Back in February 2013, a date that will not likely be enshrined in the halls of Securities and Exchange Commission (SEC) history, the United States Supreme Court shut down the SEC’s practice of trying to avoid the statute of limitations on its enforcement actions through reliance on the “discovery rule.”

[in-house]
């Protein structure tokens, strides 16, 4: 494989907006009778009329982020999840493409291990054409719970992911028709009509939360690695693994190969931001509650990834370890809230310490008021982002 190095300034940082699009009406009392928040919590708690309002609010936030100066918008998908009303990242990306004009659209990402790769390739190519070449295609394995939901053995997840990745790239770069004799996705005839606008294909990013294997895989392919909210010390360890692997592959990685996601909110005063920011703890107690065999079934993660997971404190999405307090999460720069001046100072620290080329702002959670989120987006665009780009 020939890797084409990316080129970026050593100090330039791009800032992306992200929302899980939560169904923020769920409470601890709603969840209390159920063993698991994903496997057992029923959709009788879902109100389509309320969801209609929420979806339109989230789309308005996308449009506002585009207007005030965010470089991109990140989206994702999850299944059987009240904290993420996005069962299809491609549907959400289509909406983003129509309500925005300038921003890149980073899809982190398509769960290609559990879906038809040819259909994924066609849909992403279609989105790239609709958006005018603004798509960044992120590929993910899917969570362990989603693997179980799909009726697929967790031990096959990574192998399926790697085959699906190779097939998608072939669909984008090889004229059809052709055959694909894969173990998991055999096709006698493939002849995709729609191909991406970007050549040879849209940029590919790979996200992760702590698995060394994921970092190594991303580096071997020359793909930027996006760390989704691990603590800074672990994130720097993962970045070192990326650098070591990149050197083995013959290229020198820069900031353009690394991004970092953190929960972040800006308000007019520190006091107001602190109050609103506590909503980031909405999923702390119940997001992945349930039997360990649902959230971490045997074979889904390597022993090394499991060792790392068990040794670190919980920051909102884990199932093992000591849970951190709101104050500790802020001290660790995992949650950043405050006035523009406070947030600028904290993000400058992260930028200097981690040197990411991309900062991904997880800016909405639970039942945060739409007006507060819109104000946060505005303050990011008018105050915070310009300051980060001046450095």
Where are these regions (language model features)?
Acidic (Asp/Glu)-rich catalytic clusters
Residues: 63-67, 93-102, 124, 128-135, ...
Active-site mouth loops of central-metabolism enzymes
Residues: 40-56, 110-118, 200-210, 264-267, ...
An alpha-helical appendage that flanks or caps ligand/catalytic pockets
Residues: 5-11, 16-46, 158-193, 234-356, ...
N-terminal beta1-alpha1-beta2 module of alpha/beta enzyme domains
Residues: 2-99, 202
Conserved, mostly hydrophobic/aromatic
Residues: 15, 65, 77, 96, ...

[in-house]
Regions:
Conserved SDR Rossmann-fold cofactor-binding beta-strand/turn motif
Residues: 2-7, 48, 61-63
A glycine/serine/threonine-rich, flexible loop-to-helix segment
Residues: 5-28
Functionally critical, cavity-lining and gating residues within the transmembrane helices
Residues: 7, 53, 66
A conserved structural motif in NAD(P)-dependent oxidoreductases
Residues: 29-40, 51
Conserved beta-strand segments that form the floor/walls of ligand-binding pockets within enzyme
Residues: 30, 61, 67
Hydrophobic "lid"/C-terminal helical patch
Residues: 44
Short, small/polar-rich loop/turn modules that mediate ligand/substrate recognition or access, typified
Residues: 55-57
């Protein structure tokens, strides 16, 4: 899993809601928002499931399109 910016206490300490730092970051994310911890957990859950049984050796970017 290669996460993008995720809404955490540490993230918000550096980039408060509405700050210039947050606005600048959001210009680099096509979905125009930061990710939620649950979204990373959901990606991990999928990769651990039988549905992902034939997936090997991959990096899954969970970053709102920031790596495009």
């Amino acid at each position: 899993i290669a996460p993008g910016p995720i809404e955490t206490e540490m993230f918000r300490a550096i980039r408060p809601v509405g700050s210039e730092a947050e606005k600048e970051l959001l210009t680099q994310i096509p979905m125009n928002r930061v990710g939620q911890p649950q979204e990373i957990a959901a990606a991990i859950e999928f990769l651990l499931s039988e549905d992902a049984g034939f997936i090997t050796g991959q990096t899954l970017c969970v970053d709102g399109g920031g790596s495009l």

Apparently, this came as a complete shock to the SEC. It reacted like Superman when confronted with Kryptonite: dropping into a crippled heap. But query how many tolling agreements were issued by the SEC that week? In case you were living in a cave at the time, the roar of applause you heard that day came from all of us in the securities defense bar who were cheering that decision. (As Mauro recalls, the anthem that day was “Whoomp, there it is.” The decision was great and long overdue. Probably 80 years overdue, and, in fact, so late that he was reminded of his nine-year-old’s favorite sarcastic line: “Seriously!”) The pressing question now is how far can the defense bar push the statute of limitations argument? Following Gabelli, does the statute of limitations apply to equitable relief often sought by the SEC? The answer, if you are a member of the defense bar, must be, yes, it does. Now let’s try to make the case.